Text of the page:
Rebar stake to help position the wire "exactly" where it needs to be.

Rebar stake to help position the wire "exactly" where it needs to be.

Another piece of rebar with an insulator to help me weave the wire through some existing trees.

Another piece of rebar with an insulator to help me weave the wire through some existing trees.

  I also have several gates that needed to be addressed. For gates that are used for tractor access, I obviously needed an electric gate that can be disconnected an moved. For “human” gates, this wasn’t really necessary, as it is just as easy to step over this low wire as it is to disconnect a gate. You can buy a fancy kit that has spring-type wire for the gate, but I find it easy enough just to double over some regular aluminum wire and use just a simple handle with a pair of gate anchors at either end. This will only run you about 5-10 dollars or so.
Gate Handle

Gate Handle

Close-up of customized gate hardware mounted on my fence bracket.

Close-up of customized gate hardware mounted on my fence bracket.

Also, I added a lightning arrestor, and a handful of nylon fence tighteners to help me keep the wire from sagging.
A ceramic lightning arrestor attached to a ground rod. Hopefully, this will spare my charger in the event of a lightning strike (has not happened yet!).

A ceramic lightning arrestor attached to a ground rod. Hopefully, this will spare my charger in the event of a lightning strike (has not happened yet!).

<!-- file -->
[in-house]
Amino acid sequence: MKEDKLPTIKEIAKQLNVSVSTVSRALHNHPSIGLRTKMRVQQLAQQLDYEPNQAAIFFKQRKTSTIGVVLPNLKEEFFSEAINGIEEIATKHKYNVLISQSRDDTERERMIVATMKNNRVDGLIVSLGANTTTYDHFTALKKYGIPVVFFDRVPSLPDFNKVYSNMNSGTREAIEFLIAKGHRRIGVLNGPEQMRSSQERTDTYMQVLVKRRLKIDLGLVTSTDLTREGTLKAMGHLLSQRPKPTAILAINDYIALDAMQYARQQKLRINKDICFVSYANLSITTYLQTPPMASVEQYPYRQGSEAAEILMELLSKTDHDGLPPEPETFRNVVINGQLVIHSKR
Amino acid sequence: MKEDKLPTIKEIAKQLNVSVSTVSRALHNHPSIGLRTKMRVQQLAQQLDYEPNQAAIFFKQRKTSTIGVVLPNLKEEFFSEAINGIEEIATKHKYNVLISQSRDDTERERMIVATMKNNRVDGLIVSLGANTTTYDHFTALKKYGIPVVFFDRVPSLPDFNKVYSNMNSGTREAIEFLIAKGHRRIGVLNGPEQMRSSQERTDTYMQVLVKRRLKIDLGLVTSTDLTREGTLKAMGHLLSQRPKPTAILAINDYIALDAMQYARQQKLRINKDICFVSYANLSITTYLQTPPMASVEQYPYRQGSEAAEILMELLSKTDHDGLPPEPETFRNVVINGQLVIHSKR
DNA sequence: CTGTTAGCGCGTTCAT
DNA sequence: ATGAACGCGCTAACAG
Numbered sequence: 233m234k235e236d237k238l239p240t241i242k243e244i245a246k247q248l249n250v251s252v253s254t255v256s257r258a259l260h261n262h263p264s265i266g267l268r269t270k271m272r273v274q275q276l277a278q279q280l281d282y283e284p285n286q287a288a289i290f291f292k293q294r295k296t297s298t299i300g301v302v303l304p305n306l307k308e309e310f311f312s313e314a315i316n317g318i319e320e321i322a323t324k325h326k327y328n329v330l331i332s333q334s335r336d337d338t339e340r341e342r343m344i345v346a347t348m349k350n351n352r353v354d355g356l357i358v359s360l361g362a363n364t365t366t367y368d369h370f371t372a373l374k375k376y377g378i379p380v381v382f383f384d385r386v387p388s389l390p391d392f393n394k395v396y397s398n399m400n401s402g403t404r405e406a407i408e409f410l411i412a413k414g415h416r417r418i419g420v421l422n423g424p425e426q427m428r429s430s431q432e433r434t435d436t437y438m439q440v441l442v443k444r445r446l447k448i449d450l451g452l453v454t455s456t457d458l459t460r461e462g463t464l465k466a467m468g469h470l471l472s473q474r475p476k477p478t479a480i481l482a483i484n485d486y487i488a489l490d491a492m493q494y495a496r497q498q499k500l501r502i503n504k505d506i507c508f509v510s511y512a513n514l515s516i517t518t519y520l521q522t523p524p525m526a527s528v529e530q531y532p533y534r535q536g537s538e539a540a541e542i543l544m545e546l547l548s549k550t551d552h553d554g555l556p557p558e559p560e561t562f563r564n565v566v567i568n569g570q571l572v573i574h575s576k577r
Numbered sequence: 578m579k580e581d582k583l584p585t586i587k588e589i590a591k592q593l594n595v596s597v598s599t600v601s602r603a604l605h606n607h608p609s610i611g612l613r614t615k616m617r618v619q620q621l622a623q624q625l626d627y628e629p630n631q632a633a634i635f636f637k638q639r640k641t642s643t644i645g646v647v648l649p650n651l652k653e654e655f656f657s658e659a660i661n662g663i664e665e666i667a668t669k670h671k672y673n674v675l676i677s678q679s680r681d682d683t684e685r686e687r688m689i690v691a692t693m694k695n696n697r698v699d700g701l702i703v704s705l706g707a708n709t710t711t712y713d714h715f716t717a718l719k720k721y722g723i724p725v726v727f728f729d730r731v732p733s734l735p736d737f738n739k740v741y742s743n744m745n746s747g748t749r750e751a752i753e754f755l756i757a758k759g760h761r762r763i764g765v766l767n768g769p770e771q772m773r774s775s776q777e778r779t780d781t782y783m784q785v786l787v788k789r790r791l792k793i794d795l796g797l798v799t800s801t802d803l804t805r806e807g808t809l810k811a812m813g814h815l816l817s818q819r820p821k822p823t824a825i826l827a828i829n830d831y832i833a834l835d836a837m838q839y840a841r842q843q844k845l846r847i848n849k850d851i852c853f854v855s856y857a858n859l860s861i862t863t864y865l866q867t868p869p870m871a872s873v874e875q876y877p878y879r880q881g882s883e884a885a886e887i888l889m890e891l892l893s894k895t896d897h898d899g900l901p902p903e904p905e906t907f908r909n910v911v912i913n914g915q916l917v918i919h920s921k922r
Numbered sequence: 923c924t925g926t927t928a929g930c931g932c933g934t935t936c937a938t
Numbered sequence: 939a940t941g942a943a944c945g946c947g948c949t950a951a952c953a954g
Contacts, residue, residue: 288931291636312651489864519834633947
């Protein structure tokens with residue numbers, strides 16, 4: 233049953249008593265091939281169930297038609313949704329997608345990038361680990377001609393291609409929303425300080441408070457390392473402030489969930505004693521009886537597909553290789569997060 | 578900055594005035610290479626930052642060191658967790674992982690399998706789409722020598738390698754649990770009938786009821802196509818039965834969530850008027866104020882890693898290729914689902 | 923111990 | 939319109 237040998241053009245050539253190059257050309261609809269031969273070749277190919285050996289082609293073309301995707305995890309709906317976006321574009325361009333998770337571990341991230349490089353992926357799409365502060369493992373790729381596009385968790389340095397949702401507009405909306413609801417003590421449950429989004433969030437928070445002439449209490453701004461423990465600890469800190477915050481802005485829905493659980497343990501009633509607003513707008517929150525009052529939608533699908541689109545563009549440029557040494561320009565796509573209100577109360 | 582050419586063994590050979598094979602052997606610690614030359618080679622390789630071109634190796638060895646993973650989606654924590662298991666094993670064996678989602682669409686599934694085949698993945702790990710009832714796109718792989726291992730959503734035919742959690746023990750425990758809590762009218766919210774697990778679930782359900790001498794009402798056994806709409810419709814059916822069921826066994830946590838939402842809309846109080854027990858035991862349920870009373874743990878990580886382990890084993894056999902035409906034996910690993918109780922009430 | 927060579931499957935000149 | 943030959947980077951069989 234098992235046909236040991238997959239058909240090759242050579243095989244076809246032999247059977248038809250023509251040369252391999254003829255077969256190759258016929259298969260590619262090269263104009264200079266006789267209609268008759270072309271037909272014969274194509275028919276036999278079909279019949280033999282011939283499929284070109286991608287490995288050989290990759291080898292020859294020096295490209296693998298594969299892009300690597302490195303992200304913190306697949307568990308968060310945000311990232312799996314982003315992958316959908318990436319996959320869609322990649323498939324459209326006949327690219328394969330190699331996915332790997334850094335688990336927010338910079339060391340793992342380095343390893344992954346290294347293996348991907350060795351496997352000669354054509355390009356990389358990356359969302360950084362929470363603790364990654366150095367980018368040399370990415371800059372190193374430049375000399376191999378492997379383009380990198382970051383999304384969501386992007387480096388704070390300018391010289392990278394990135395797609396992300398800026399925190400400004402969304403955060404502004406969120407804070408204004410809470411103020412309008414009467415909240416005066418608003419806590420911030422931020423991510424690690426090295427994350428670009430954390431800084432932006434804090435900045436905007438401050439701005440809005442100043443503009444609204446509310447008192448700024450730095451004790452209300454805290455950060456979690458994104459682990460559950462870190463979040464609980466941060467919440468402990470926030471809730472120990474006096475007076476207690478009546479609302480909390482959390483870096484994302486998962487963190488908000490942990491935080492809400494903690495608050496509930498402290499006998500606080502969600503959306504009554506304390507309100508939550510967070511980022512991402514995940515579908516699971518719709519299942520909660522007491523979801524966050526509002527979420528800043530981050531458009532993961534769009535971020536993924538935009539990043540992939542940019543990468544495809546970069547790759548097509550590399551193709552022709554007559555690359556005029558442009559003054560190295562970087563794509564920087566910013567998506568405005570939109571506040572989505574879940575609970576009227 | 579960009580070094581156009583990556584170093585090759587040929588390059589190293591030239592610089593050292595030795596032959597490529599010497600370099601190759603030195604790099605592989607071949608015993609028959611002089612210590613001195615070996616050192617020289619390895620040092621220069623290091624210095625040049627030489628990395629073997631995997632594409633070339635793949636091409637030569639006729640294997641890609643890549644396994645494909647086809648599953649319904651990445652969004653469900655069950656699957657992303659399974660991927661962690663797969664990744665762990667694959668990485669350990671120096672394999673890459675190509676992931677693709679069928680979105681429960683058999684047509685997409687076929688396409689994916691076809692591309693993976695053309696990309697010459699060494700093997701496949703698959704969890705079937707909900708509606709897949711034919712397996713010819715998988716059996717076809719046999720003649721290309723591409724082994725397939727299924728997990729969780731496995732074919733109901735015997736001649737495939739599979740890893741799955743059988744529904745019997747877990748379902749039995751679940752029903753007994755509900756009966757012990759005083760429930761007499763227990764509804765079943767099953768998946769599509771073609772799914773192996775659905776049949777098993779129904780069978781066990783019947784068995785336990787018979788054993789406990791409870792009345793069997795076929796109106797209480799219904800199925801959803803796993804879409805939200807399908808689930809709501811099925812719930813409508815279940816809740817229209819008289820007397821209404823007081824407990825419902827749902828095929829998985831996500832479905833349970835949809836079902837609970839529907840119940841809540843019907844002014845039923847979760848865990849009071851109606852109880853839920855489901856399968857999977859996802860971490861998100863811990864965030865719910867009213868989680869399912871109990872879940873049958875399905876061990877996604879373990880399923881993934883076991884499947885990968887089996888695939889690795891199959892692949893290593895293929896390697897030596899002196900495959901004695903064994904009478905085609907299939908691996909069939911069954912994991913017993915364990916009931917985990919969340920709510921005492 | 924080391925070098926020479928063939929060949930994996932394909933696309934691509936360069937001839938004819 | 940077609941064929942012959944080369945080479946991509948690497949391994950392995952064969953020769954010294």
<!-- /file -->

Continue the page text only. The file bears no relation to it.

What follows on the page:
Close-up of the lightning arrestor. This is one time use, and will need to be replaced in the event of a lightning strike (think of it as a fuse).

Close-up of the lightning arrestor. This is one time use, and will need to be replaced in the event of a lightning strike (think of it as a fuse).

In the end, by hook or by crook, I got all the wire hung (maybe 800-1000 feet, something like this). This system has been working great for me. It has been in place for nearly two years, and there hasn’t been a single hole dug under the fence. About once a week I check it with my Zareba “Fence Doctor” to check the voltage and determine if there are any shorts.
The "Fence Doctor." This is worth the money for long fences. If your fence is short, get a basic tester for much less.

The "Fence Doctor." This is worth the money for long fences. If your fence is short, get a basic tester for much less.